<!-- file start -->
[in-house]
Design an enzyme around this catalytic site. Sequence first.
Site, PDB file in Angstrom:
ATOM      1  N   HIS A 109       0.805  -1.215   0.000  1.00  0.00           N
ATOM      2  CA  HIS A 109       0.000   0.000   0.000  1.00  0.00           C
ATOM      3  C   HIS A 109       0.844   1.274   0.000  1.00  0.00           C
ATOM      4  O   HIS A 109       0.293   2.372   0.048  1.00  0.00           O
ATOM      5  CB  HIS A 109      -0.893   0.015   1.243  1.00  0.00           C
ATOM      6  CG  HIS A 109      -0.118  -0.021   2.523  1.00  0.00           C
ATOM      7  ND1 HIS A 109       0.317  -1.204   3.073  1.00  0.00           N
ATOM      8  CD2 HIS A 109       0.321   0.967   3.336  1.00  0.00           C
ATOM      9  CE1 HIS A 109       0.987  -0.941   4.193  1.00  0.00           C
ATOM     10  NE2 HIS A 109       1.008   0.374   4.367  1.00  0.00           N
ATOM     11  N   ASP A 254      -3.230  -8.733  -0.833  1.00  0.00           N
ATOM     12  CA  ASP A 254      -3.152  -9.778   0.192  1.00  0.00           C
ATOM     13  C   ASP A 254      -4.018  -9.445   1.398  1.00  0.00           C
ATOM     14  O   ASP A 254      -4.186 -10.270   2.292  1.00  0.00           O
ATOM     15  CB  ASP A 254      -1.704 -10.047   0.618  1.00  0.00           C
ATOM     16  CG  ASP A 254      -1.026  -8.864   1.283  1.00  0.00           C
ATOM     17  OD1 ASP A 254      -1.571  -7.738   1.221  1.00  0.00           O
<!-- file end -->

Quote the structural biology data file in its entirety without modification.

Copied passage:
[in-house]
Design an enzyme around this catalytic site. Sequence first.
Site, PDB file in Angstrom:
ATOM      1  N   HIS A 109       0.805  -1.215   0.000  1.00  0.00           N
ATOM      2  CA  HIS A 109       0.000   0.000   0.000  1.00  0.00           C
ATOM      3  C   HIS A 109       0.844   1.274   0.000  1.00  0.00           C
ATOM      4  O   HIS A 109       0.293   2.372   0.048  1.00  0.00           O
ATOM      5  CB  HIS A 109      -0.893   0.015   1.243  1.00  0.00           C
ATOM      6  CG  HIS A 109      -0.118  -0.021   2.523  1.00  0.00           C
ATOM      7  ND1 HIS A 109       0.317  -1.204   3.073  1.00  0.00           N
ATOM      8  CD2 HIS A 109       0.321   0.967   3.336  1.00  0.00           C
ATOM      9  CE1 HIS A 109       0.987  -0.941   4.193  1.00  0.00           C
ATOM     10  NE2 HIS A 109       1.008   0.374   4.367  1.00  0.00           N
ATOM     11  N   ASP A 254      -3.230  -8.733  -0.833  1.00  0.00           N
ATOM     12  CA  ASP A 254      -3.152  -9.778   0.192  1.00  0.00           C
ATOM     13  C   ASP A 254      -4.018  -9.445   1.398  1.00  0.00           C
ATOM     14  O   ASP A 254      -4.186 -10.270   2.292  1.00  0.00           O
ATOM     15  CB  ASP A 254      -1.704 -10.047   0.618  1.00  0.00           C
ATOM     16  CG  ASP A 254      -1.026  -8.864   1.283  1.00  0.00           C
ATOM     17  OD1 ASP A 254      -1.571  -7.738   1.221  1.00  0.00           O